Contractors in Fla., Ga. face 6-figure penalties following deaths on highway projects

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Updated Apr 20, 2020

The contractor group constructing the I-4 Ultimate Project in Florida faces $188,913 in proposed penalties after a worker died and two others were injured in separate struck-by incidents on the largest road construction project in the state’s history.

The U.S. Occupational Safety and Health Administration has cited SGL Constructors, a joint venture of Skanska, Granite and Lane construction companies that are rebuilding the 21-mile interstate expressway through Orlando.

OSHA also cited Atlanta-based contractor Martin-Pinero CPM LLC after an employee fell and died while working on the I-285/400 Interchange flyover bridge ramp in Atlanta. The company faces $170,020 in proposed penalties.

I-4 Ultimate Project map. Credit: FDOTI-4 Ultimate Project map. Credit: FDOT

I-4 incidents

OSHA cited SGL for two separate incidents on the $2.3 billion I-4 Ultimate Project in Florida.

On September 28, a concrete beam fell and struck an aerial work platform that held two workers. One of the workers, Ulises Corrales-Ibarra, 37, died, and the other worker was hospitalized with non-life-threatening injuries.

SGL was cited for “exposing employees to struck-by hazards, failing to provide adequate training and allowing employees to walk under a load while a crane was moving,” according to OSHA. The proposed penalties are $53,976.

SGL was also cited for a September 13 incident on the I-4 project in which a subcontractor worker was hospitalized with a leg injury after being struck by a 7,000-pound metal pipe after it rolled off its stack. OSHA said the pipes had been stacked “in an unsecure manner on an uneven slope.” SGL faces $134,937 in proposed penalties.

OSHA also cited Universal Engineering Services for exposing employees to struck-by hazards and issued proposed penalties of $12,145 to the company.

“These employers failed to take appropriate action and provide the necessary protections to employees while they worked on this highway improvement project,” said OSHA Regional Administrator Kurt Petermeyer.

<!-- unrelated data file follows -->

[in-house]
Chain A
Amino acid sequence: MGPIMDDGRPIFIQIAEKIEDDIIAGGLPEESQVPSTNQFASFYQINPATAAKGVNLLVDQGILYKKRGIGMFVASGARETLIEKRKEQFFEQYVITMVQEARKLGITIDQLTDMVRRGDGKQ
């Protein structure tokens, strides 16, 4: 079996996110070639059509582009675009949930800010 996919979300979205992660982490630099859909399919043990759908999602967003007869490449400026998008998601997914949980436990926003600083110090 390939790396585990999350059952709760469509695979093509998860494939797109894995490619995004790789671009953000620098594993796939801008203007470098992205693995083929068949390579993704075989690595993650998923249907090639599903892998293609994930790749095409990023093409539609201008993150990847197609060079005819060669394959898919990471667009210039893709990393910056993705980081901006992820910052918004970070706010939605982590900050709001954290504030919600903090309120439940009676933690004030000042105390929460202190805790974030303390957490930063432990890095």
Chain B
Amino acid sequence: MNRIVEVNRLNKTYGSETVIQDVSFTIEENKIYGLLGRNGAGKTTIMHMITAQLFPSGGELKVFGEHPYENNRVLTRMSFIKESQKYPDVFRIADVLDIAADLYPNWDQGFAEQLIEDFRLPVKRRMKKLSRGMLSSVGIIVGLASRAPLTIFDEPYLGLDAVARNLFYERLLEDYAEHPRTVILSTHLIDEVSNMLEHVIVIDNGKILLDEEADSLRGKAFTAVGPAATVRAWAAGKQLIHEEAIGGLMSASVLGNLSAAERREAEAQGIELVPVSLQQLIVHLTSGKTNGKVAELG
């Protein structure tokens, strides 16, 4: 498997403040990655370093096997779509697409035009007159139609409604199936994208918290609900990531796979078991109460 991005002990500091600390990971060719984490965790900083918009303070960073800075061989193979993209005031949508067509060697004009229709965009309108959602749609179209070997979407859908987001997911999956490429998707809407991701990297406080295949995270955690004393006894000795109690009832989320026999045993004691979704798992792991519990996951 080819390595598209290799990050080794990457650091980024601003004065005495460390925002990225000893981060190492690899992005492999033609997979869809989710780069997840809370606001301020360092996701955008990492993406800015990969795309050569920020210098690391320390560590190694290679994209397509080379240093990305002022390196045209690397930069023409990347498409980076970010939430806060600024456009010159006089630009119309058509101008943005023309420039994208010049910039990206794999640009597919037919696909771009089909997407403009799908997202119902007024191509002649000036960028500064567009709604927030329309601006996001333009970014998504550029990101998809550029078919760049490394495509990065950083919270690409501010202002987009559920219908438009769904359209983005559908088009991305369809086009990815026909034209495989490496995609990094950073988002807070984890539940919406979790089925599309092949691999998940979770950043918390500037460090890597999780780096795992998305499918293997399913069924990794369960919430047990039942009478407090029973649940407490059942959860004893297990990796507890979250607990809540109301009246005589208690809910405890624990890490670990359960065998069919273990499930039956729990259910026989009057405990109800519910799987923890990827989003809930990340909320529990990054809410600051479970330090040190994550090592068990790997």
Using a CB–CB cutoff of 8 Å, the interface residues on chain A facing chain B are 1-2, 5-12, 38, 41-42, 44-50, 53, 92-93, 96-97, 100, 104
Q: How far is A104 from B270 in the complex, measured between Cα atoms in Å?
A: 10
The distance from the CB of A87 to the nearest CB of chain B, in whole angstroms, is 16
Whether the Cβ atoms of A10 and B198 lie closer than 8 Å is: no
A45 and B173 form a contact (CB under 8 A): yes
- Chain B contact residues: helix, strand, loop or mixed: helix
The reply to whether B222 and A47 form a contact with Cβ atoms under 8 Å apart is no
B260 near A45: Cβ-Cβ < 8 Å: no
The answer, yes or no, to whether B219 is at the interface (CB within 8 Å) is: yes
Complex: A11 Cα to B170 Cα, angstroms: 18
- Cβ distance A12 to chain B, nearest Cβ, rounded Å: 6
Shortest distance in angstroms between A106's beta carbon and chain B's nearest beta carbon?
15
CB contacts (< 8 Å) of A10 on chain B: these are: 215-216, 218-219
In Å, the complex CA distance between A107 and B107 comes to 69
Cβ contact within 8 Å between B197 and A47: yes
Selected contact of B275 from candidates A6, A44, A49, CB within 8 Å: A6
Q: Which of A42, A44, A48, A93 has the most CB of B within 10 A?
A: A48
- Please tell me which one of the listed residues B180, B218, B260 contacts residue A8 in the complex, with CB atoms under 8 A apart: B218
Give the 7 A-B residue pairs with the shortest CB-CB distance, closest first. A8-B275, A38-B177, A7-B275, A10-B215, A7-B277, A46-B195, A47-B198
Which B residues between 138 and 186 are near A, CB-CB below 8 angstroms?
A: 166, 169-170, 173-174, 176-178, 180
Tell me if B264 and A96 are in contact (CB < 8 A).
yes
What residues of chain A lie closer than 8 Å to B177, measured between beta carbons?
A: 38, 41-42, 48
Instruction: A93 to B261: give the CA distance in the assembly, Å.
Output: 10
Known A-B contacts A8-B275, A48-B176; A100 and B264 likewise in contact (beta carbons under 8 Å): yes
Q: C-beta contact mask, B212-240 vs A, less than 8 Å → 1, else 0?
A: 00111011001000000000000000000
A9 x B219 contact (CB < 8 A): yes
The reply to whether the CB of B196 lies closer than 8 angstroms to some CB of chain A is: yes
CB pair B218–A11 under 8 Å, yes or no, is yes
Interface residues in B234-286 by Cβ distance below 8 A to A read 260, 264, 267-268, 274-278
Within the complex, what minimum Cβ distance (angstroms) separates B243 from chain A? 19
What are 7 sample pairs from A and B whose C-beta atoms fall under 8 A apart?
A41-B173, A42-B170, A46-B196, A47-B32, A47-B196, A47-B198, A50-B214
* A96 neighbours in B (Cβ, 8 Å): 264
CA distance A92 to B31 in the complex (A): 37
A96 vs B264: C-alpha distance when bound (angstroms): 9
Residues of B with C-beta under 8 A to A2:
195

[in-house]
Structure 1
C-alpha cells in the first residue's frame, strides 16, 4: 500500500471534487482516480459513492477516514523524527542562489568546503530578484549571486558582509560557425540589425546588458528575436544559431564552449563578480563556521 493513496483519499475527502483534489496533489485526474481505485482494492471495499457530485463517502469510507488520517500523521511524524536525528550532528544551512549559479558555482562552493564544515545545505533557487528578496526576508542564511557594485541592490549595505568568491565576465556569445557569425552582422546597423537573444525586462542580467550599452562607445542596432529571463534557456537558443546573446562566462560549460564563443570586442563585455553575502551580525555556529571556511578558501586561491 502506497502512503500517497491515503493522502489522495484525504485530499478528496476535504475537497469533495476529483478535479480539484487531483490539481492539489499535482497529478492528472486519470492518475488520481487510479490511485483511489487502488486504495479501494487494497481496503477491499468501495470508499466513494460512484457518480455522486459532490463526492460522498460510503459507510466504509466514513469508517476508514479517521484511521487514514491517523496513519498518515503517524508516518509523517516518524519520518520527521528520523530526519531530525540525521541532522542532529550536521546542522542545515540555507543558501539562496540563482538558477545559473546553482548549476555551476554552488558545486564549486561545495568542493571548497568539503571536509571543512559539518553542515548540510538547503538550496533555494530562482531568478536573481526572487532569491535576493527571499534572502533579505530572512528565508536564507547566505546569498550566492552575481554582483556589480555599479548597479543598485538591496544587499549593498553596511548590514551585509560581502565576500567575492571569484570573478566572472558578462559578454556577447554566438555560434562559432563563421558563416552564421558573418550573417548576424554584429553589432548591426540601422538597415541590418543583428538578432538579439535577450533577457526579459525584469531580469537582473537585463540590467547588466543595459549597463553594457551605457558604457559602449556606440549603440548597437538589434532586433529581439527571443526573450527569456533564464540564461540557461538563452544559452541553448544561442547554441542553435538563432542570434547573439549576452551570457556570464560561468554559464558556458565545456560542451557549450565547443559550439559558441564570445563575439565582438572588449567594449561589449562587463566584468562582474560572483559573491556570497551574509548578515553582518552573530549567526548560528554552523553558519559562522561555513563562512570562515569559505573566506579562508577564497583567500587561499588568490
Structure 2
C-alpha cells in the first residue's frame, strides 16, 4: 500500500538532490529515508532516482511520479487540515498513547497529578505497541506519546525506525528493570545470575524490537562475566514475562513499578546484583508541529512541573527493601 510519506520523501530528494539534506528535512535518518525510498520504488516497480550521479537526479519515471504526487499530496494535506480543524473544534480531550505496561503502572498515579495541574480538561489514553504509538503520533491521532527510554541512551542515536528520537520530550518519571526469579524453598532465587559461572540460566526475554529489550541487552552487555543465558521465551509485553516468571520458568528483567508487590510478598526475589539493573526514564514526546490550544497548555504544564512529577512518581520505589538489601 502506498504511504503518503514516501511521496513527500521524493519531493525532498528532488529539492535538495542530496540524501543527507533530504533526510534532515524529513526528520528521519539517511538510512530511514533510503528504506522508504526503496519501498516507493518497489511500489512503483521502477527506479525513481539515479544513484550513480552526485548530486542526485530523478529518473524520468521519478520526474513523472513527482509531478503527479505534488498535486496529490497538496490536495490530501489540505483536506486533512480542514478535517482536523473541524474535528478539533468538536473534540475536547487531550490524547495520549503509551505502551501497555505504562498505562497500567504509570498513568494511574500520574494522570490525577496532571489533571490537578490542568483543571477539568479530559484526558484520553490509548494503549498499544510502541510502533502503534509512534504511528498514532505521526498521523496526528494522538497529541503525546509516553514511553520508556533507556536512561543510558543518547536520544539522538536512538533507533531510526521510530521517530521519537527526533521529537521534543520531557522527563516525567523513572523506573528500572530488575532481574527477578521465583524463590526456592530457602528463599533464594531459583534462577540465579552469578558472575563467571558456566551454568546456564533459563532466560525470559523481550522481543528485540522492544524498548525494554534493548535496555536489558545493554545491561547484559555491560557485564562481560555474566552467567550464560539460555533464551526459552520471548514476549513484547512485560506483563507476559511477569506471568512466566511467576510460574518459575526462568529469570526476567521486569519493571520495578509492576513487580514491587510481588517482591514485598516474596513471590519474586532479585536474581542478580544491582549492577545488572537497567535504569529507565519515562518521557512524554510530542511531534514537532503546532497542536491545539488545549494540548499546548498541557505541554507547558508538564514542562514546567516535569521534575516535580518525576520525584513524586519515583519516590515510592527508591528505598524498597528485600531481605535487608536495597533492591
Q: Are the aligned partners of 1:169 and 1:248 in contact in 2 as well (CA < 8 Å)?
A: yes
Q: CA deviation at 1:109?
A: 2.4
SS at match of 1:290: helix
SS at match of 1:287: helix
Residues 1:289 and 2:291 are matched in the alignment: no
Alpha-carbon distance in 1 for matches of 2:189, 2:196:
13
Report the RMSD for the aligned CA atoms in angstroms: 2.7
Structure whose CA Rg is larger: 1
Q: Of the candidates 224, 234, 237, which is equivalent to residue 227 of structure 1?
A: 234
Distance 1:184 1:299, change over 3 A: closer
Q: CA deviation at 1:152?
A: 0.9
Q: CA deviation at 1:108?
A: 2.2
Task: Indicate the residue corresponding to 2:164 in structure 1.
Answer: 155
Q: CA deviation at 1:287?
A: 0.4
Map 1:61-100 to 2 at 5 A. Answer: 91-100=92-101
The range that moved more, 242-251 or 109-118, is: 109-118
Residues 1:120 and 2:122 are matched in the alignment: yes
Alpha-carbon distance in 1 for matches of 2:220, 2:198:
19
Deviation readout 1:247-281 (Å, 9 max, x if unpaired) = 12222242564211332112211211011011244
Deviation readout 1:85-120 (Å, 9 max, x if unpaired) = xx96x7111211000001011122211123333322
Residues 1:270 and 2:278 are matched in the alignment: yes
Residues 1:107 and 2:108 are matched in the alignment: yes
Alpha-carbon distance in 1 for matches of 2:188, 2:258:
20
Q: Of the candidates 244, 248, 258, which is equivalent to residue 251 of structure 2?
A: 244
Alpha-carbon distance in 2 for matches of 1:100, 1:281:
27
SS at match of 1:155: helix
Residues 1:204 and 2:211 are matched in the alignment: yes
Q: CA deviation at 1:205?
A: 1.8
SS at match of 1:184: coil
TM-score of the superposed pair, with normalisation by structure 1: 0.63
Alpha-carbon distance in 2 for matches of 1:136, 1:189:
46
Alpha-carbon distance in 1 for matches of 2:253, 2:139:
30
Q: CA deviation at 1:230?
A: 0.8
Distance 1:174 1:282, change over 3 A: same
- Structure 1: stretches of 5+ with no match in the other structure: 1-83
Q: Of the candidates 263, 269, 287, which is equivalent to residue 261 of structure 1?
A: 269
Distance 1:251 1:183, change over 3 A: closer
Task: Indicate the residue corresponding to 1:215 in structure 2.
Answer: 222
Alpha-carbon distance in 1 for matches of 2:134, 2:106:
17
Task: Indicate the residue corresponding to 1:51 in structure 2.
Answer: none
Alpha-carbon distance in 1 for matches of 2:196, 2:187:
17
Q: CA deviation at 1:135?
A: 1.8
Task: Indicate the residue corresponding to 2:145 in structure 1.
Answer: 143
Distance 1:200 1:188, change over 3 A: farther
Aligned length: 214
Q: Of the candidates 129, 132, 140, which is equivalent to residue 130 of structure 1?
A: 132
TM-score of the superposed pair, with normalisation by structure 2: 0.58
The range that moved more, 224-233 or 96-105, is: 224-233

An email April 9 to Skanska from Equipment World seeking comment about the penalties has not been answered.

Corrales-Ibarra’s death marks the fifth fatality on the I-4 project since it began in 2015. According to WFTV9, the following other deaths have occurred:

  • February 2019: A 59-year-old worker was struck by an 18-inch by 20-foot pipe.
  • March 2018: A 56-year-old worker died after reinforcing steel fell from a crane and struck him.
  • December 2016: A subcontractor was struck by a steel equipment stand.
  • February 2016: A 34-year-old worker died after he was backed over by a loaded dump truck.

 

I-285 death

On October 3, Dustin Maxwell was attempting to install permanent metal decking on the I-285/400 Interchange flyover bridge ramp in Atlanta when he fell.

OSHA cited Martin-Pinero with “failing to secure metal decking before allowing workers to use it as a walking surface, provide fall protection training and conduct regular jobsite inspections to ensure the use of all applicable safety measures.”

The OSHA report said the worker did not have training on horizontal lifeline systems and that the lifeline was not ensured at all times while workers were installing permanent metal decking between the bridge spans. The report said the metal decking that workers were on was not laid tightly and was note secured, and workers were exposed to fall hazards of 54 feet.

An email April 13 to Martin-Pinero from Equipment World seeking comment about the penalties has not been answered.

“Allowing employees to work at heights without using proper fall protection methods increases the risk of serious or fatal injuries,” said OSHA Atlanta-West Area Office Director Jeffery Stawowy. “Employers have an obligation to ensure the working conditions they ask employees to operate under are free of recognized hazards.”

OSHA is also investigating another fall death on the I-285 project. On February 14, 2020, Leoniso Sandoval, 49, died after a fall while working for North Perimeter Contractors LLC of Atlanta.